Palterton War Memorial

To honour before God and Man all who gave their lives in both World Wars and they loved not their lives unto death.

(Revelation chapter 12 verse 11)


Opening of the War Memorial at Palterton 1926.


Mrs Biss, wife of the Scarcliffe Vicar, is in the centre with Cuthbert, their son.  Mr. Yeomans, the Head teacher Scarcliffe school is at the front right with his son Ernest.  This photograph was taken at the unveiling of the Palterton War Memorial on Sunday, 23 August 1925.

Lt. Col. F.M.Dick.,M.C., T.D., commanding the 6th. Batt. Sherwood Foresters, on Sunday afternoon, unveiled a memorial to the twelve men of Palterton, who fell in the Great War.  The memorial consists of a gray (sic) granite obelisk, and the names of the fallen inscribed on the base of the memorial are :
G. Wilson, C. Middleton, F. Wilcockson, W. Shaw, H. Townsend, H. Machin, B. Hallett, T. Nuttall, A. Chappell,
G. Richards, C. Hallett and A. Heald
, of whom it is recorded "And they loved not their lives unto the death."

The Bolsover Colliery Silver Prize Band was in attendance, and, playing the Dead March in Saul, headed a procession of ex-service men, members of the War Memorial Committee and Sunday School scholars.  The memorial was dedicated by the Vicar of Scarcliffe, the Rev. S. Biss, and at the conclusion of the ceremony the Last Post and Reveille were sounded bu Buglers from the 6th. Batt. Sherwood Foresters.
Source: Nottingham Evening Post, Monday 24 August 1925.

Copy, blurred but readable of a similar article re the opening ceremony in the Derbyshire Times dated 29 August 1925.



Memorial Unveiled at Palterton

Few vilagers more willingly responded to their country's call in the Great War than Palterton and the feelings of pride and sorrow when the long drawn out struggle evoked were much in evidence on Sunday afternoon, when a memorial to the twelve men of the village who made the supreme sacrifice was unveiled by Lt. Col. F.M.Dick.,M.C., T.D.
Executed by Messrs H. Borrowdale (?) and Son, Worksop and erected in the grounds of the Mission Church, the memorial consists of obelisk of grey granite on the face of which is carved a laurel wreath. The base of the memorial bears the indcription :

"1914 - 1918 To Honour before God all those men who gave their lives in the Great War"

G. Wilson, C. Middleton, H. Wilcockson, W. Shaw, H. Townsend, H. Machin, B. Hallett, T. Nuttall, A. Chappell,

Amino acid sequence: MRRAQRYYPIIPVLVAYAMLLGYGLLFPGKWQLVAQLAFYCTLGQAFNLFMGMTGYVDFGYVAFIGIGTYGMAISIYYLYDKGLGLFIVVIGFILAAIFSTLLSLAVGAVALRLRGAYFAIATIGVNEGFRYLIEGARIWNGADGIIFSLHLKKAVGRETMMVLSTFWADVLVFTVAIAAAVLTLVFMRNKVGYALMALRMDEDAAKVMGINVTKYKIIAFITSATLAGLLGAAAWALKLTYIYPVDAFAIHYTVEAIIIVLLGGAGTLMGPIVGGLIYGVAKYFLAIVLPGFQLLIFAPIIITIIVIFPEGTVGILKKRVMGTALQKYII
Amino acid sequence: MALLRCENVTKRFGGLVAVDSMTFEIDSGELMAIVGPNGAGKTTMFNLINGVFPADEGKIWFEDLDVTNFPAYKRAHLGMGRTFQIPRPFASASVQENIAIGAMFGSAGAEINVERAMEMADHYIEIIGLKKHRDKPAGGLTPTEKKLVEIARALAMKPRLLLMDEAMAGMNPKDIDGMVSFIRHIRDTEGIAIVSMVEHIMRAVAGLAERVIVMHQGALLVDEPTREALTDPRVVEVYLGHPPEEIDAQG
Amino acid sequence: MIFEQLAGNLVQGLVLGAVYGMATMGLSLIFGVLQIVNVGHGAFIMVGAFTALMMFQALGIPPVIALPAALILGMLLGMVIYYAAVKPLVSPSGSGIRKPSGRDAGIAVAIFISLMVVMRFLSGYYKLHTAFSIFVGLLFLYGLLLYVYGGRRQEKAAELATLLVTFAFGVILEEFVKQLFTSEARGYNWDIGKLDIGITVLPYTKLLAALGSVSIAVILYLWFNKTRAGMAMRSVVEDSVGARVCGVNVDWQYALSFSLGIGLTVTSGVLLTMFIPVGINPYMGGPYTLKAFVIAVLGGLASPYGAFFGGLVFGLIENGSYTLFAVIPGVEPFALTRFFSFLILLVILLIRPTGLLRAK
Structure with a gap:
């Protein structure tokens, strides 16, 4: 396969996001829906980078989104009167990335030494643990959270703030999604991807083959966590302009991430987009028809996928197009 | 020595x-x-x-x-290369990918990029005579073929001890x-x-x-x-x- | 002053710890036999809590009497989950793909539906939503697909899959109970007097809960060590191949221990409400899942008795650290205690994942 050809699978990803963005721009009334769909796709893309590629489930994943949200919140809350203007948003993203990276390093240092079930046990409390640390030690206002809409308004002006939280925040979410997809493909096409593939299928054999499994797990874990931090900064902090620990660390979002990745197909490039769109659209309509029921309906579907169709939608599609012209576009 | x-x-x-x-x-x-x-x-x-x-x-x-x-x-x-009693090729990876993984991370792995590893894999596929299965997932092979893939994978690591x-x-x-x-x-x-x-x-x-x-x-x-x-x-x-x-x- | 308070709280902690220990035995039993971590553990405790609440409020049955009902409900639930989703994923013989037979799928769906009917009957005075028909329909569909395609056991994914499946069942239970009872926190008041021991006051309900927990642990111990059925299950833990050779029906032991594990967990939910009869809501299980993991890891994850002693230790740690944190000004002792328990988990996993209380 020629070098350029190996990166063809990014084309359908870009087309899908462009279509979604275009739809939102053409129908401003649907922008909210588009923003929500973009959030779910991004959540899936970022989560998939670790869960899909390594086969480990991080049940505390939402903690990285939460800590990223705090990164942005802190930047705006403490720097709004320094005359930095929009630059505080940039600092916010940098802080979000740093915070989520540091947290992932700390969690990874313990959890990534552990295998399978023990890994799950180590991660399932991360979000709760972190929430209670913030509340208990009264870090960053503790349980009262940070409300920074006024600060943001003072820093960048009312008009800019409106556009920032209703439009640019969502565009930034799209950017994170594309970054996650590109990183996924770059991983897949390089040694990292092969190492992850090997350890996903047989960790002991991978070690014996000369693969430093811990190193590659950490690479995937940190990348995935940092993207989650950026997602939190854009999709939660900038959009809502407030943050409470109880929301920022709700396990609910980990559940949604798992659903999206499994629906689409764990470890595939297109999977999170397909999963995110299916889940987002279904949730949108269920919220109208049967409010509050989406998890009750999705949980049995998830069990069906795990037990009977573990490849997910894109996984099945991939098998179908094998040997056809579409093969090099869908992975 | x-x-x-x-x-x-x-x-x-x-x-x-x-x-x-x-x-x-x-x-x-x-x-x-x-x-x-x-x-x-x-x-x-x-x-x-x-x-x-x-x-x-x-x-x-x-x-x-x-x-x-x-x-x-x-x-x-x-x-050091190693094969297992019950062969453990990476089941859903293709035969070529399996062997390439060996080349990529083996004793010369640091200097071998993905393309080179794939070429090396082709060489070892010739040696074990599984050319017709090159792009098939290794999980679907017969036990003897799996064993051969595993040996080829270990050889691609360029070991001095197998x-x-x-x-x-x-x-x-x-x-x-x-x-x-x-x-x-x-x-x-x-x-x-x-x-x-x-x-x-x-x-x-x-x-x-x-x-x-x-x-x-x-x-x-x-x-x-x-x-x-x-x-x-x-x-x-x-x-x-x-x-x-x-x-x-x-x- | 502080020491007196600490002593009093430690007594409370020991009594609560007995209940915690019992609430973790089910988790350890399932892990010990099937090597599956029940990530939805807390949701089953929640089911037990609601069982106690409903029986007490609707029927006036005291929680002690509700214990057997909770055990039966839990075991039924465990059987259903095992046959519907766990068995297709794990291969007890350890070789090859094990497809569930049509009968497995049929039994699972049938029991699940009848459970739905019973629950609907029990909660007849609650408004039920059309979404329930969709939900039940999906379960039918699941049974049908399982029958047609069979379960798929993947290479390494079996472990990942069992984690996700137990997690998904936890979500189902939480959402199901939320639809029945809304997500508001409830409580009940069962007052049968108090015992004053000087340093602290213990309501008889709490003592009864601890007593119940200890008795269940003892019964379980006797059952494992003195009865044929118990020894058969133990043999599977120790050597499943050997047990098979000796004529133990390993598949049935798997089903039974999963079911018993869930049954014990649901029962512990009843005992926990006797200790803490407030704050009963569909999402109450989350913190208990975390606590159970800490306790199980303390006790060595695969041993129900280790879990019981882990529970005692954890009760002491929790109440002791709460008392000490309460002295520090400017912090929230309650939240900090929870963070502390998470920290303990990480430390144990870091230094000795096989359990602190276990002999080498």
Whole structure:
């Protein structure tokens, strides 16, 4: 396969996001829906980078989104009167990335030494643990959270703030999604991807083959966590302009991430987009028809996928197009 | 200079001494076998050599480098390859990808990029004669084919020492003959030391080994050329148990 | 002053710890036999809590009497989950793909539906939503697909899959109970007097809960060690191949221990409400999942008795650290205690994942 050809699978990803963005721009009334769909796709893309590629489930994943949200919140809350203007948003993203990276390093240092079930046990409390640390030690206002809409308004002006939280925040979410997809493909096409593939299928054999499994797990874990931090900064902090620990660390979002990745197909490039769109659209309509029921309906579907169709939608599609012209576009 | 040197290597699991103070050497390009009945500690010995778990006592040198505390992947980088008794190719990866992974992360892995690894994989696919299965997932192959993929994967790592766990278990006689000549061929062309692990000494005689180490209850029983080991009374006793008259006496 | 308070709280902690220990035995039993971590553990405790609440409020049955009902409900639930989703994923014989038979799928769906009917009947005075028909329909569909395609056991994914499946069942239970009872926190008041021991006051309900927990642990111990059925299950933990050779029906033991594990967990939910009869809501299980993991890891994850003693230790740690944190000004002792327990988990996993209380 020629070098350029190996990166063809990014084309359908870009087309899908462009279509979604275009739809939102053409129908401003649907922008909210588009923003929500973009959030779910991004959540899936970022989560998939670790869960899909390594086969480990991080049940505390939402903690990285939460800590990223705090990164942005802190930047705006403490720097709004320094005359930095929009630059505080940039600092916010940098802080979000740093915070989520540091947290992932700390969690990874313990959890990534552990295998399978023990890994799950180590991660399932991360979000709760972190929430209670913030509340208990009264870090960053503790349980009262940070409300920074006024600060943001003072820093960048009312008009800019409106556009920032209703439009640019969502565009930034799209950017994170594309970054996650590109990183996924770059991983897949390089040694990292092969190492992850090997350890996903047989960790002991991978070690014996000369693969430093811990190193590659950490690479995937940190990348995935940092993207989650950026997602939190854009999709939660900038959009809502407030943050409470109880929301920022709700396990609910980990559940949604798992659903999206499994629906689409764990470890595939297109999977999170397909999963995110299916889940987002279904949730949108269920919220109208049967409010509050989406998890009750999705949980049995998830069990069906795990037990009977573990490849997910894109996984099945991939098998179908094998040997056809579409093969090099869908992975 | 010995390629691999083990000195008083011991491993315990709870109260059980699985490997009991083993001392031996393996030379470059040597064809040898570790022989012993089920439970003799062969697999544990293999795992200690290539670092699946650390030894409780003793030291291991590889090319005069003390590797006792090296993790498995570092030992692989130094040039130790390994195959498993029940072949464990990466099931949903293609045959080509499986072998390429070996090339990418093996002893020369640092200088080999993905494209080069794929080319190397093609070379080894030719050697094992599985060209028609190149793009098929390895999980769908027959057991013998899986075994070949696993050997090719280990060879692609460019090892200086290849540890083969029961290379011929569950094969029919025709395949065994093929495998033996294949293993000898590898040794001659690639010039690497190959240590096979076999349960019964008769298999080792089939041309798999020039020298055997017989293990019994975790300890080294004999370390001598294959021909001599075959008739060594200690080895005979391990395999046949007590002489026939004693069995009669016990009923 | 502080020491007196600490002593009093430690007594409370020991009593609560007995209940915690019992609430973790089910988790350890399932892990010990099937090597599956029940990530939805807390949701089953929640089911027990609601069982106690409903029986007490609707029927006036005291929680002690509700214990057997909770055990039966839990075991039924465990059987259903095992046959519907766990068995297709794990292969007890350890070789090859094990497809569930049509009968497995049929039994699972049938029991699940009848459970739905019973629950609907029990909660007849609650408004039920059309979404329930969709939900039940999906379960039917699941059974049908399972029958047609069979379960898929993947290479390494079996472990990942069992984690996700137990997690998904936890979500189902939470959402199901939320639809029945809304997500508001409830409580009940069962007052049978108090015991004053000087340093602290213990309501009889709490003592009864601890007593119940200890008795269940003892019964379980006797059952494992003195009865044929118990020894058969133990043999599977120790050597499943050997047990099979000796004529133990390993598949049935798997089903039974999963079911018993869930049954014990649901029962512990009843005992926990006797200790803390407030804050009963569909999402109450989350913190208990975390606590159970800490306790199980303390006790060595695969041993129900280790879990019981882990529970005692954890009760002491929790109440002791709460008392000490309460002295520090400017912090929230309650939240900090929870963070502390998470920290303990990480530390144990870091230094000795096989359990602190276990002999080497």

G. Richards, C.Hallett, A. Heald.

And they loved not their lives unto death.

Palterton sent to the Colours no fewer than seventy men, a large contingent of whom, under ex-Corporal J. Machin joined in a procession headed by the Bolsover Silver Prize BandP.C. Bamford acted as marshal and accompanying the ex-servicemen were the members of the Memorial Committee and the children of the Sunday schools in the village.
To the solemn strains of the "Dead Sea March" in "Saul" the procession proceeded to the Memorial where an impressive service began with the singing "To God our help in ages past"
Lt. Col. F.M.Dick who was accompanied by Captain R.O.Nevitt Adjutant of the 6th. Battn. Sherwood Foresters said they had given him the honour of unveiling their Memorial to the men of Palterton who fell in the Great War.  It was a privilege he deeply appreciated.  Some of them would feel that he was unveiling a memorial to fathers, husbands, brothers and sons.  To him and many others present it was a memorial to comrades in the Great War.  Nine of the men whose names appeared on the monument were Foresters.  These names might also be found on the memorial at Crich and in two books, one of which was kept at Derby and the other in Nottingham Castle.  Nowhere, however, were the names of the fallen more sincerely or with more love and pride than in villages like Palterton.

"What was the Memorial going to represent"? asked the speaker.  As the present generation passed away was it going to be regarded as merely a stone?  He thought not. It might fill the hearts of those present with sorrow but he thought they would have discovered that there was no joy without sorrow.  When they looked upon that memorial there might be sorrow in their hearts, but pride would have a place as they remembered how the men of Palterton responded to their country's call.  The memorial would also remind future generations that no cause could be backed up without sacrifice.  Speaking of the sacrifice the memorial represented one was tempted to ask why it was always the best and noblest that had to die.  The answer to that question could be found in considering the one great sacrifice to save the world.  The Monument would stand from generation to generation proclaiming how the men and women of Palterton responded to their country's call and it would always carry the names of the men who made the supreme sacrifice.
After the hymn "Nearer my God to thee" had been sung, the memorial was impressively dedicated by the Vicar of Scarcliffe, the Rev. S. Biss.  Then the hymn "Lead kindly light" then the haunting strains of the "Last Post" and "Reveille" and the ceremony concluded with the National Anthem.

The buglars who were under Sergt. Drummer Hopkinson and were drawn from the 6th. Battn. Sherwood Foresters, were Lance-Corpl. Falconer, Drummer Bestwick, Drummer Phillips and Drummer Major.  The Bolsover Colliery Silver Prize Band was conducted by Mr.W.Foster and the singing was led by the choir of the Scarcliffe Parish Church.  A number of wreaths including tributes from the relatives of the fallen, were placed on the Memorial.

The cost of the Memorial was about £70 and the committe responsible for its erection consists of :
Messrs. W.Churn (Chairman), M.Wale, G.Wright, E.Robbins, J.T.Chappell, J.PembletonH.Haslam (?), J.Maude, G.Wragg, F.Clifton, W.Boddy and W.Middleton with Mr.W.H.Bradshaw as secretary.  Messrs Bradshaw and Godber have been appointed trustees.

The plaque that is now attached to the Palterton War Memorial is not the original plaque, it is a replacement.  The original wording was individual lettering made of thin lead (metal) on the stone memorial whereas the present plaque is a detachable modern one, circa 1960s.  I remember from around the late 1940's the original wording had a few initials missing, having been "lost" over the years.